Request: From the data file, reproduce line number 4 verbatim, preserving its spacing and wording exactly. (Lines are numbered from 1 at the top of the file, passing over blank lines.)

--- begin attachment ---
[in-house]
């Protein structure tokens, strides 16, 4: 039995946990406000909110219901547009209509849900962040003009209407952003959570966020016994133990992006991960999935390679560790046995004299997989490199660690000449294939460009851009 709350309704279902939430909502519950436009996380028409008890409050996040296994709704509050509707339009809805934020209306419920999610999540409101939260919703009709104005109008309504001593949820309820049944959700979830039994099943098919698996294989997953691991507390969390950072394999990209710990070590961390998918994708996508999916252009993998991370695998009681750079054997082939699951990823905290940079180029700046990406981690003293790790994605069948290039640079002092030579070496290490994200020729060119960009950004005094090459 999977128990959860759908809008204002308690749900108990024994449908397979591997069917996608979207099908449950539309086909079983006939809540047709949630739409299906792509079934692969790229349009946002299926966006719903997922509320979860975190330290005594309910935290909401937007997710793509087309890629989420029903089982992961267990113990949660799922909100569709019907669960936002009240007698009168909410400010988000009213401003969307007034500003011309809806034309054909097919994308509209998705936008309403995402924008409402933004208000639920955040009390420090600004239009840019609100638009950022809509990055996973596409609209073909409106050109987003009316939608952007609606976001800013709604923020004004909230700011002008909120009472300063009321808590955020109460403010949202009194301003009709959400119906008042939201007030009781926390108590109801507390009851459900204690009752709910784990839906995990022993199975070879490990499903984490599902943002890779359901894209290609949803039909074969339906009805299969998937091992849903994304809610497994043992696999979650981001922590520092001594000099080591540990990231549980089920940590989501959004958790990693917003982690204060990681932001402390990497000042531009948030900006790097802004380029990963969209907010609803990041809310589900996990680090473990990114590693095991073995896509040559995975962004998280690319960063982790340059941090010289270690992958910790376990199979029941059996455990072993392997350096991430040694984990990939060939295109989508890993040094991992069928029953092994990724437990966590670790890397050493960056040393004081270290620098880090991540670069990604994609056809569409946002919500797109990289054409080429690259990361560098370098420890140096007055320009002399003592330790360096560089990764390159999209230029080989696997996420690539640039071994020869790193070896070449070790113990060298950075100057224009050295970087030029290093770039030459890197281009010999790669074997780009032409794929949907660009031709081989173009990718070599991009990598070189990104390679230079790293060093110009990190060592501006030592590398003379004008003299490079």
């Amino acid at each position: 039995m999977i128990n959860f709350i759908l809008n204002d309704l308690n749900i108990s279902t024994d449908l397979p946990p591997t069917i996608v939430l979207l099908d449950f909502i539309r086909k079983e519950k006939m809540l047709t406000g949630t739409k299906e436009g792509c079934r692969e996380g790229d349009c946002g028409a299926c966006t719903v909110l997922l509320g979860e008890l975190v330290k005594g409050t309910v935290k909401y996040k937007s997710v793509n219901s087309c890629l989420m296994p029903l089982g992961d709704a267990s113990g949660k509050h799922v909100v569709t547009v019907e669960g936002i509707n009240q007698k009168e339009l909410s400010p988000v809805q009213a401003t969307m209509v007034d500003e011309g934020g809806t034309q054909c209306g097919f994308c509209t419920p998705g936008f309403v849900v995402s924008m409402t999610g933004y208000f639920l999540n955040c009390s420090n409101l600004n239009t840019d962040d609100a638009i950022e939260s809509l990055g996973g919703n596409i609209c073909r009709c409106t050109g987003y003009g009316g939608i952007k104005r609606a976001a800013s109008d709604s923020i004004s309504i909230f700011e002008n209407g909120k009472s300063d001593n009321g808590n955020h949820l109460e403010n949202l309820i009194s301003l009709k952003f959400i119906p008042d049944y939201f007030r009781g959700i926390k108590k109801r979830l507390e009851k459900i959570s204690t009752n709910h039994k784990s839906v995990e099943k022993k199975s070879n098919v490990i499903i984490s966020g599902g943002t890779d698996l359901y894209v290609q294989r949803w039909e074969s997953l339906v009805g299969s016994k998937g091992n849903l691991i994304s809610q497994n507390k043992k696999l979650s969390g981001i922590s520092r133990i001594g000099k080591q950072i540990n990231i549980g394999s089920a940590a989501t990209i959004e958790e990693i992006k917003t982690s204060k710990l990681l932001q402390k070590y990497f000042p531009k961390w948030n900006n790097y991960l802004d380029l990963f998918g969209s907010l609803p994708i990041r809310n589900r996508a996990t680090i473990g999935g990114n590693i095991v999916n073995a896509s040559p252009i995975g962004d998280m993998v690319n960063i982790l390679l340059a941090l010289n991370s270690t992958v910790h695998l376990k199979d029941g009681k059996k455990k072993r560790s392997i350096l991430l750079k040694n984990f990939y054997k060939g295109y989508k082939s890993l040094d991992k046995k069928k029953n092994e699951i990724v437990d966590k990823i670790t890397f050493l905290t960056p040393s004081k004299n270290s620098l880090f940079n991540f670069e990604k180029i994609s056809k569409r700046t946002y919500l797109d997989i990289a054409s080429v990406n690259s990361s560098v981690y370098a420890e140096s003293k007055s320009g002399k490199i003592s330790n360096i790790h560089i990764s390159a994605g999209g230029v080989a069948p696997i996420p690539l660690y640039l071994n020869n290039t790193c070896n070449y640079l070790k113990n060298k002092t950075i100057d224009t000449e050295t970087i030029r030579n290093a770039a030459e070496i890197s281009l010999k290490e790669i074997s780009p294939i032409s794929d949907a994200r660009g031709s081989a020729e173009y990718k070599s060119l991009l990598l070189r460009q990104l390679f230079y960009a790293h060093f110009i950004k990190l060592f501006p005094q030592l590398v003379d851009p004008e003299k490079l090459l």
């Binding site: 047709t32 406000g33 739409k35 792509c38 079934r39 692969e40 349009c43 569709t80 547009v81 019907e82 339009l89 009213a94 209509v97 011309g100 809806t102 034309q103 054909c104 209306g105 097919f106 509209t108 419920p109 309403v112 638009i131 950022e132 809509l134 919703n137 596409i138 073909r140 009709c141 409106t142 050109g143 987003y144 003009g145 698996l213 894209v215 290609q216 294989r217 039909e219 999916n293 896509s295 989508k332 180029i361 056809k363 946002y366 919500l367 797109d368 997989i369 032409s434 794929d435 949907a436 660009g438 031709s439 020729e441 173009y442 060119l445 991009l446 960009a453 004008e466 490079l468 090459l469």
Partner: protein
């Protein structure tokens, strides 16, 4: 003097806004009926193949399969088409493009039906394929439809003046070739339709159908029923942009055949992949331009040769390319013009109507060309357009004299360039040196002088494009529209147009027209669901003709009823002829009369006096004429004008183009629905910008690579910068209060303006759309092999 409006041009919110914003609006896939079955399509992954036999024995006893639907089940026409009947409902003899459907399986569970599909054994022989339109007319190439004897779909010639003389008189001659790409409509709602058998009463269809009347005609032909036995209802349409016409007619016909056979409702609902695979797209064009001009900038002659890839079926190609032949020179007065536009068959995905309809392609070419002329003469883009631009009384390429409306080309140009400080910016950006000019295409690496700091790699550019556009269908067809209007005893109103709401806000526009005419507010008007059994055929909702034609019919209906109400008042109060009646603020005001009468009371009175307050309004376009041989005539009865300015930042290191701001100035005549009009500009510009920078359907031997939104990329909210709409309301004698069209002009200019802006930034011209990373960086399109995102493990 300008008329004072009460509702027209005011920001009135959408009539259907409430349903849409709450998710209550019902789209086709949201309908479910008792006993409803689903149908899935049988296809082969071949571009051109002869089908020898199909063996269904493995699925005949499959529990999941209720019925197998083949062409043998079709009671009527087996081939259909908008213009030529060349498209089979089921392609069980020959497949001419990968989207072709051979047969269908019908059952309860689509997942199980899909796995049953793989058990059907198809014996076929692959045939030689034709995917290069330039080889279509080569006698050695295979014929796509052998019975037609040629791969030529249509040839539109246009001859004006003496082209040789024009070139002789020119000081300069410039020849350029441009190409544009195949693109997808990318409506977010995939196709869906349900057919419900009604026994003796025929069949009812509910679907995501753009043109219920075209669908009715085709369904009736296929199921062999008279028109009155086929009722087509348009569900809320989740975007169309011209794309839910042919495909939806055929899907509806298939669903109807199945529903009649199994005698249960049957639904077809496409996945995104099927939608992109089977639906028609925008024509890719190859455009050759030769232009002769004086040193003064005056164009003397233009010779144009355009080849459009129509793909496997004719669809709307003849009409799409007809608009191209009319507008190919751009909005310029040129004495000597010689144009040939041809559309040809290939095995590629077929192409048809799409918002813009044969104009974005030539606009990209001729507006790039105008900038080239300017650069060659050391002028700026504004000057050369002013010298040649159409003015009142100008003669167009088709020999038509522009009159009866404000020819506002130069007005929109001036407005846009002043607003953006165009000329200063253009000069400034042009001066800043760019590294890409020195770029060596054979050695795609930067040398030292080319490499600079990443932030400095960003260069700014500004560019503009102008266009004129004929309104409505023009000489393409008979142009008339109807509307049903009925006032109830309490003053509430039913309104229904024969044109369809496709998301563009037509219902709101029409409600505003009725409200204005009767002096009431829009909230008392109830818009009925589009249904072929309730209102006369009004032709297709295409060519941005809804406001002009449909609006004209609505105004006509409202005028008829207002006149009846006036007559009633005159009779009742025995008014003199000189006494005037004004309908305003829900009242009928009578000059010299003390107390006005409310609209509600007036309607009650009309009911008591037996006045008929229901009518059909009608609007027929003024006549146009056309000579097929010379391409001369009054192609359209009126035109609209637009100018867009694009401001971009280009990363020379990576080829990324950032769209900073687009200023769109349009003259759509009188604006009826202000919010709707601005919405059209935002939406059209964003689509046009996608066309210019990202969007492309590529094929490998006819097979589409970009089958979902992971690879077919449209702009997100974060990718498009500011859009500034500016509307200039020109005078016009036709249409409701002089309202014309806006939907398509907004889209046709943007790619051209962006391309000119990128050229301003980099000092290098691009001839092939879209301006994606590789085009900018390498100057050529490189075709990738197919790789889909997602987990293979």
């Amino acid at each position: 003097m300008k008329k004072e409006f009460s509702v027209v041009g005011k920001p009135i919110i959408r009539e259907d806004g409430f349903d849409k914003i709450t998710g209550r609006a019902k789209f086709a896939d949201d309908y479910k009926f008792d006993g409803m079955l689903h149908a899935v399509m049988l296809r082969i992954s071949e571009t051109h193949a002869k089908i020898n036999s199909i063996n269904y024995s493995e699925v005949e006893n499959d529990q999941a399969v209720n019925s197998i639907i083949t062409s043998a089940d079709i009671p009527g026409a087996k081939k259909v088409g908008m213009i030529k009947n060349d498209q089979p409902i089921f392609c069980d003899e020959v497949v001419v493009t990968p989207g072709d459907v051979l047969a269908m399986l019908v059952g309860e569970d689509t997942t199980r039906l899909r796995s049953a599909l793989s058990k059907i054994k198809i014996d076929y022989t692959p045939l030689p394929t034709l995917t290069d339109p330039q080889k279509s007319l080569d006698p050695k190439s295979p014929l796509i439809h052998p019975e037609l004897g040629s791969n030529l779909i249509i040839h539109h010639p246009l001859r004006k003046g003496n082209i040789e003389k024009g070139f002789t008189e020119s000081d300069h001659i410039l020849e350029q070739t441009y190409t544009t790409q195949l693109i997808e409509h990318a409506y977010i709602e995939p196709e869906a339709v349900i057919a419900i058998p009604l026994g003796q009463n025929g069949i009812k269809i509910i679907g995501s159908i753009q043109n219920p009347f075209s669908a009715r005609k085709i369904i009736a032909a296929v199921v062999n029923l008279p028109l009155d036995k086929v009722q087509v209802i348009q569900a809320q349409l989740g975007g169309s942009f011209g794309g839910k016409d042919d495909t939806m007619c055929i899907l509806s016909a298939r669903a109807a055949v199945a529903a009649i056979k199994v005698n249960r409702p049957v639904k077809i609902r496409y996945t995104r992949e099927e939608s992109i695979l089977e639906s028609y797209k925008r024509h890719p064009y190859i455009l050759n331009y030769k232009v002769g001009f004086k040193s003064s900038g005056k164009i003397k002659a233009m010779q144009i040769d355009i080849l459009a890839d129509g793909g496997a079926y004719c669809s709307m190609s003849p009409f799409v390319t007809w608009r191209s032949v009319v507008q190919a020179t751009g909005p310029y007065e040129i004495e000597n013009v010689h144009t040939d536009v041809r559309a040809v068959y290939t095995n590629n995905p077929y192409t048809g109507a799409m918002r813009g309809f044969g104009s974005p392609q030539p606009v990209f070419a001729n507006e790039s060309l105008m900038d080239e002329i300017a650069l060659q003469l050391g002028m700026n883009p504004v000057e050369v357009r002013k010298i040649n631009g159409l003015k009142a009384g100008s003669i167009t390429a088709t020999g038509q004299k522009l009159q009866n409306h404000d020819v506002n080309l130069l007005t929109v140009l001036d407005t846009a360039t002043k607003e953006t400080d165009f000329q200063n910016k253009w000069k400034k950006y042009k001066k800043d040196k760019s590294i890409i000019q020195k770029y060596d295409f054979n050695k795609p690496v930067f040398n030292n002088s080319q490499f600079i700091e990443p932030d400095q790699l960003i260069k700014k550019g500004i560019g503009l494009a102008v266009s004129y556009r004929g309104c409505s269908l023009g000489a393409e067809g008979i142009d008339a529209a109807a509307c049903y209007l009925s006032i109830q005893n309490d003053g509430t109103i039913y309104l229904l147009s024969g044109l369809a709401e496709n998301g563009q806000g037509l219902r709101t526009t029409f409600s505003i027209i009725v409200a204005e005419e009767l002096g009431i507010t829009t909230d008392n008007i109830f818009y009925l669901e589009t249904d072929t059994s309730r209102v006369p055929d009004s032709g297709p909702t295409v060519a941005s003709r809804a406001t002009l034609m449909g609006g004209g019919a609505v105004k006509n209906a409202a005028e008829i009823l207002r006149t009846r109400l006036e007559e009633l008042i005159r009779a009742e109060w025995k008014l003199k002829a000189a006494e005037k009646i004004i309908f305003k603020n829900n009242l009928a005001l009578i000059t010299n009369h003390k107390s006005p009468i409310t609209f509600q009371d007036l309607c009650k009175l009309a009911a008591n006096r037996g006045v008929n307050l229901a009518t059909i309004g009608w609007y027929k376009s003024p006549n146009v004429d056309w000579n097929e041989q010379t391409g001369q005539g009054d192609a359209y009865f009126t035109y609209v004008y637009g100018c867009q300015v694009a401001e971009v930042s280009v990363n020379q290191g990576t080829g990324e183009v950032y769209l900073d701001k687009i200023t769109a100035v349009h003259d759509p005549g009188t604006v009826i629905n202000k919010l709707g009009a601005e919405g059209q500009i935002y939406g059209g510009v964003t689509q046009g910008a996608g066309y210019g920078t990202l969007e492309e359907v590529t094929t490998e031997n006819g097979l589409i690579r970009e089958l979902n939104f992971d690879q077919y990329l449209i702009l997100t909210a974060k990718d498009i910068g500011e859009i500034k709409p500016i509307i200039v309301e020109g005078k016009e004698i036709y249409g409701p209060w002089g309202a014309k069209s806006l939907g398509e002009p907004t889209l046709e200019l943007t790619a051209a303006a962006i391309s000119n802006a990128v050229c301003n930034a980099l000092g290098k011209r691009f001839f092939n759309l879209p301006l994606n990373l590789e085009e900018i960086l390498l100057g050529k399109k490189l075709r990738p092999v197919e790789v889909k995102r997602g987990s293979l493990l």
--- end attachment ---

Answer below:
């Binding site: 047709t32 406000g33 739409k35 792509c38 079934r39 692969e40 349009c43 569709t80 547009v81 019907e82 339009l89 009213a94 209509v97 011309g100 809806t102 034309q103 054909c104 209306g105 097919f106 509209t108 419920p109 309403v112 638009i131 950022e132 809509l134 919703n137 596409i138 073909r140 009709c141 409106t142 050109g143 987003y144 003009g145 698996l213 894209v215 290609q216 294989r217 039909e219 999916n293 896509s295 989508k332 180029i361 056809k363 946002y366 919500l367 797109d368 997989i369 032409s434 794929d435 949907a436 660009g438 031709s439 020729e441 173009y442 060119l445 991009l446 960009a453 004008e466 490079l468 090459l469």